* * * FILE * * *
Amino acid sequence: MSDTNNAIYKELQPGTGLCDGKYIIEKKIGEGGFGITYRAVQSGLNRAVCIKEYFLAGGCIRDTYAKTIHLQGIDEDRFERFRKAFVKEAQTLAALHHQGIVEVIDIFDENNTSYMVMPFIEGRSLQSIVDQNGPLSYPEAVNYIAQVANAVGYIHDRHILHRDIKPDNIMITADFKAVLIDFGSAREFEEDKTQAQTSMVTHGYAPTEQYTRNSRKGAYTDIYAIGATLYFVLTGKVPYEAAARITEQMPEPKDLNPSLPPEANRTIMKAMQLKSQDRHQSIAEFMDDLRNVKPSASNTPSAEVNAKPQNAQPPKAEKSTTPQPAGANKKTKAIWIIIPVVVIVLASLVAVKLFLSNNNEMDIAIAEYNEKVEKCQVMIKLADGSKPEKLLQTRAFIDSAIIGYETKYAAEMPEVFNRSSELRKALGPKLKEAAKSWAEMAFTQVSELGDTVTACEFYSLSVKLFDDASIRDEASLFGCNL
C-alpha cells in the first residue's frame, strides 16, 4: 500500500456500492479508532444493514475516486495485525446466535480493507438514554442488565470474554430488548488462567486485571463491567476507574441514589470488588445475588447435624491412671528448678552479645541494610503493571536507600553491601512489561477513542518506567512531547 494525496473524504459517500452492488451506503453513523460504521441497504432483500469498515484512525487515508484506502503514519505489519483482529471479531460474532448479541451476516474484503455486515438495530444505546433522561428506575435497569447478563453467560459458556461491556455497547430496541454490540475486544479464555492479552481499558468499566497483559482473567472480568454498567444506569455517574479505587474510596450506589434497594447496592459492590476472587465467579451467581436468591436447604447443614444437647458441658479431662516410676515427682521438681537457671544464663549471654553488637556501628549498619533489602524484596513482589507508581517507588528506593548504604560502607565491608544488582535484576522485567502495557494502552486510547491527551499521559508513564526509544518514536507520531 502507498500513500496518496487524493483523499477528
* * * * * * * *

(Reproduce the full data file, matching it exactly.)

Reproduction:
Amino acid sequence: MSDTNNAIYKELQPGTGLCDGKYIIEKKIGEGGFGITYRAVQSGLNRAVCIKEYFLAGGCIRDTYAKTIHLQGIDEDRFERFRKAFVKEAQTLAALHHQGIVEVIDIFDENNTSYMVMPFIEGRSLQSIVDQNGPLSYPEAVNYIAQVANAVGYIHDRHILHRDIKPDNIMITADFKAVLIDFGSAREFEEDKTQAQTSMVTHGYAPTEQYTRNSRKGAYTDIYAIGATLYFVLTGKVPYEAAARITEQMPEPKDLNPSLPPEANRTIMKAMQLKSQDRHQSIAEFMDDLRNVKPSASNTPSAEVNAKPQNAQPPKAEKSTTPQPAGANKKTKAIWIIIPVVVIVLASLVAVKLFLSNNNEMDIAIAEYNEKVEKCQVMIKLADGSKPEKLLQTRAFIDSAIIGYETKYAAEMPEVFNRSSELRKALGPKLKEAAKSWAEMAFTQVSELGDTVTACEFYSLSVKLFDDASIRDEASLFGCNL
C-alpha cells in the first residue's frame, strides 16, 4: 500500500456500492479508532444493514475516486495485525446466535480493507438514554442488565470474554430488548488462567486485571463491567476507574441514589470488588445475588447435624491412671528448678552479645541494610503493571536507600553491601512489561477513542518506567512531547 494525496473524504459517500452492488451506503453513523460504521441497504432483500469498515484512525487515508484506502503514519505489519483482529471479531460474532448479541451476516474484503455486515438495530444505546433522561428506575435497569447478563453467560459458556461491556455497547430496541454490540475486544479464555492479552481499558468499566497483559482473567472480568454498567444506569455517574479505587474510596450506589434497594447496592459492590476472587465467579451467581436468591436447604447443614444437647458441658479431662516410676515427682521438681537457671544464663549471654553488637556501628549498619533489602524484596513482589507508581517507588528506593548504604560502607565491608544488582535484576522485567502495557494502552486510547491527551499521559508513564526509544518514536507520531 502507498500513500496518496487524493483523499477528